ROCKY CREEK WPCP - Executive Summary
EXECUTIVE SUMMARY |
Macon Water Authority maintains a Risk Management Plan for safe chlorine and
anhydrous ammonia handling that involves an approach that integrates technologies,
procedures and management practices to monitor potential hazards and minimize the risk
of accidental release. All applicable procedures of 40 CFR 68.170 are addressed in the
plan, which seeks to provide for employee safety, public health and response agency
Macon Water Authority utilizes chlorine to disinfect raw water pulled from the Ocmulgee
River at the Riverside Water Treatment Plant and operations will begin at the Town Creek Water
Treatment Plant sometime in the Fall of 1999. Once operations at Town Creek are at the
needed capacity the Riverside Water Treatment Plant will be closed. Chlorine is also used at the
Lower Poplar and Rocky Creek Wastewater Treatment Plants to treat wastewater before it
is returned to the Ocmulgee River. In addition, the Rocky Creek Pla
nt also uses
Anhydrous Ammonia to assist in treating wastewater. Chlorination processes include
(liquid) chlorination cylinders, chlorination equipment, and instrument room, electrical
equipment, and process specific safety equipment. Ammonia processes include (liquid)
Anhydrous Ammonia above ground tanks, an instrument room, electrical equipment, and
process specific safety equipment.
For each chlorination process accidental release modeling was performed for the respective
area to determine potential consequences associated with operating failures resulting in
accidental chlorine release. The first "worst case" scenario, defined by EPA, states that
"the owner or operator shall assume that the. . . maximum quantity in the largest vessel...is
released as a gas over 10 minutes." The "alternative scenario" is "more likely to occur than
the worst-case release scenario." Macon Water Authority has no incident history.
In each case, atmospheric dispersion modeling was performed to det
ermine the distance
traveled by the chlorine released before its concentration decrease to a theoretical "toxic
endpoint." This is defined by the American Industrial Hygiene Association as "the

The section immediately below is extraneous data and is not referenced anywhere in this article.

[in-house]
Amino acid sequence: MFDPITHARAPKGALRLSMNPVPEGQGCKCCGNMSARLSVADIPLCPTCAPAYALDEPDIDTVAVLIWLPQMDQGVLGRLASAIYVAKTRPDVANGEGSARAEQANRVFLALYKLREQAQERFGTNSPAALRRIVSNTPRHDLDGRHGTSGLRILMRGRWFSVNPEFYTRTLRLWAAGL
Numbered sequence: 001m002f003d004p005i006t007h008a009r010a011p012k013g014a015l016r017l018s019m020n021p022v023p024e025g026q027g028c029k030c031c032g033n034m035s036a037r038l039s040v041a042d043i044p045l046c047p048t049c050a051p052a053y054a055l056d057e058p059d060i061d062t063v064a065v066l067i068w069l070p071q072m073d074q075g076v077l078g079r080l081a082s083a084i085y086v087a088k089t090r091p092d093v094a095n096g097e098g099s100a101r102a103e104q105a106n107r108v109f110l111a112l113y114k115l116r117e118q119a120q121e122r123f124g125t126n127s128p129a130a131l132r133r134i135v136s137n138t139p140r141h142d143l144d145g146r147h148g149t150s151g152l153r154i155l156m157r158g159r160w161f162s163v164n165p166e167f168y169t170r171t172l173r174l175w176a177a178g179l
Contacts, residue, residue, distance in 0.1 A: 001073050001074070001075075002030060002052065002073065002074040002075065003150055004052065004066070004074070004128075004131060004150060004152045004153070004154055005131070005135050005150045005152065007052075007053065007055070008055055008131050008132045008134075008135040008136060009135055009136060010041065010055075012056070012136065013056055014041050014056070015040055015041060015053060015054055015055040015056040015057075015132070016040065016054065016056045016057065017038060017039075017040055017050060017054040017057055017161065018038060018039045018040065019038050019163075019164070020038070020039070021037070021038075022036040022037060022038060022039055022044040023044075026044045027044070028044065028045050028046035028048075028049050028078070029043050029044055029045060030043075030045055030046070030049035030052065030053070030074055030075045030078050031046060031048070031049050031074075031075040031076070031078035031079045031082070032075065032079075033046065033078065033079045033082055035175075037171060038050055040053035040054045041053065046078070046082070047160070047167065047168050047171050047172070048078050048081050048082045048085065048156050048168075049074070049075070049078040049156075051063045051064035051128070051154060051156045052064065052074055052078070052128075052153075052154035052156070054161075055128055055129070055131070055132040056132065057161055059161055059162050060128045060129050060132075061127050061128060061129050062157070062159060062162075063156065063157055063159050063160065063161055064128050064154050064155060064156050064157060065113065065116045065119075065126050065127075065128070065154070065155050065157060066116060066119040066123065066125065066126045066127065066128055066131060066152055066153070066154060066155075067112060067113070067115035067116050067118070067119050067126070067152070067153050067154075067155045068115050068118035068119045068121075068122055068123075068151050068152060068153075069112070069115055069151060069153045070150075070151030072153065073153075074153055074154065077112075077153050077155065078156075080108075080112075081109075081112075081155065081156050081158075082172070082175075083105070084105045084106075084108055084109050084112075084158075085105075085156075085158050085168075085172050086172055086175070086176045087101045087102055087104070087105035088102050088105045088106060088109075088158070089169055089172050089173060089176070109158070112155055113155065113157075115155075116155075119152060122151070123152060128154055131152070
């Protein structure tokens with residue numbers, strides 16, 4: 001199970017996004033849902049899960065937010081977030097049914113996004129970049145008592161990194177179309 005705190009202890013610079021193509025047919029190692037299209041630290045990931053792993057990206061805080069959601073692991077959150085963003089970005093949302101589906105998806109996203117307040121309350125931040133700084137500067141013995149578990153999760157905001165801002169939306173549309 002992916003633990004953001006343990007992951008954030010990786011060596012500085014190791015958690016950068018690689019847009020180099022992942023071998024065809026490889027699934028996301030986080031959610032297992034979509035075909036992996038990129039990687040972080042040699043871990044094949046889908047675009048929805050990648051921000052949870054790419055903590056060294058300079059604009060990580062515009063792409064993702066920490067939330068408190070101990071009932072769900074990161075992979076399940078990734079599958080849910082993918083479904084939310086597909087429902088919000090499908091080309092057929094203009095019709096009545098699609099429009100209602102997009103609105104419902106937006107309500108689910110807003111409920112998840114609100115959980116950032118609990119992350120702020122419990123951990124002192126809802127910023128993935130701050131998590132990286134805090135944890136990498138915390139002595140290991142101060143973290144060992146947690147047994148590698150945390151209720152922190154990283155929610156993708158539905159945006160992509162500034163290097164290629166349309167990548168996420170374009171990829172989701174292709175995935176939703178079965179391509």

maximum airborne concentration below which it is believed that nearly all individuals
could be exposed for up to one hour without experiencing or developing life-threatening
health effects." The residential population within a perimeter corresponding to the toxic
endpoint distance was defined to estimate the population potentially affected.
The worst case release scenario for the Macon Water Authority Plants involves a failure of
a one-ton cylinder yielding a cumulative release of 2,000 lbs of chlorine. When atmospheric
dispersion modeling for this unlikely scenario was performed using the RMP* Comp ver.
1.06 a distance to toxic .9 miles urban and 2.2 miles rural was obtained. The new Town
Creek Plant presently under construction is the only plant located in a rural area.
The alternative r
elease (more likely) scenario for all chlorination processes involves tubing
failure, bad connection, or valve failure resulting in the release of 317 lbs of chlorine.
When atmospheric dispersion modeling for this scenario was performed using the RMP*
comp Ver. 1.06 a distance to toxic endpoint of .1 miles urban or .1 miles rural was obtained.
The worst case release scenario for anhydrous ammonia involves a failure of a 10,000
pound tank yielding a cumulative release of 10,000 pounds of ammonia, when atmospheric
dispersion modeling for this unlikely scenario was performed using the RMP* comp ver.
1.06 a distance to toxic endpoint of .9 miles urban was obtained.
The alternative release (more likely) scenario was performed resulting in a release of 10
pounds/minute to a toxic endpoint of .1 miles.
Macon Water Authority Risk Management Program includes the following key elements to
mitigate the effects of potential chlorine release hazards:
Preventive Maintenance Program
Process specific safety equipment
Safe and effective standard operating procedures, written with operator
Hazard review of equipment and procedures and
Auditing and inspection programs
Comprehensive Management Program
Macon Water Authority has an active environmental, health and safety program with the
following elements specifically supporting the safe handling of chlorine and the anhydrous
Respirator protection (SCBA) program
Chlorine detectors, ammonia shut off valves
Chemical right to know program and
Personal protective equipment program
Macon Water Authority plants have an emergency response plan, which has been
coordinated with the City of Macon and Bibb County Fire Department which is a member
of the Local Emergency Planning Committee (LEPC). Emergency response dr
evaluations, and facility tours will be conducted annually, at which time emergency
operation and response procedures are also reviewed.
Macon water Authority takes a pro-active approach to risk management and emergency
response through continuous joint training sessions between MWA employees and local
response agencies. These preventive measures will provide for the continuous improvement
of communications and will maintain effective procedures for the safe handling of and
timely emergency response to potential chlorine or anhydrous ammonia incidents.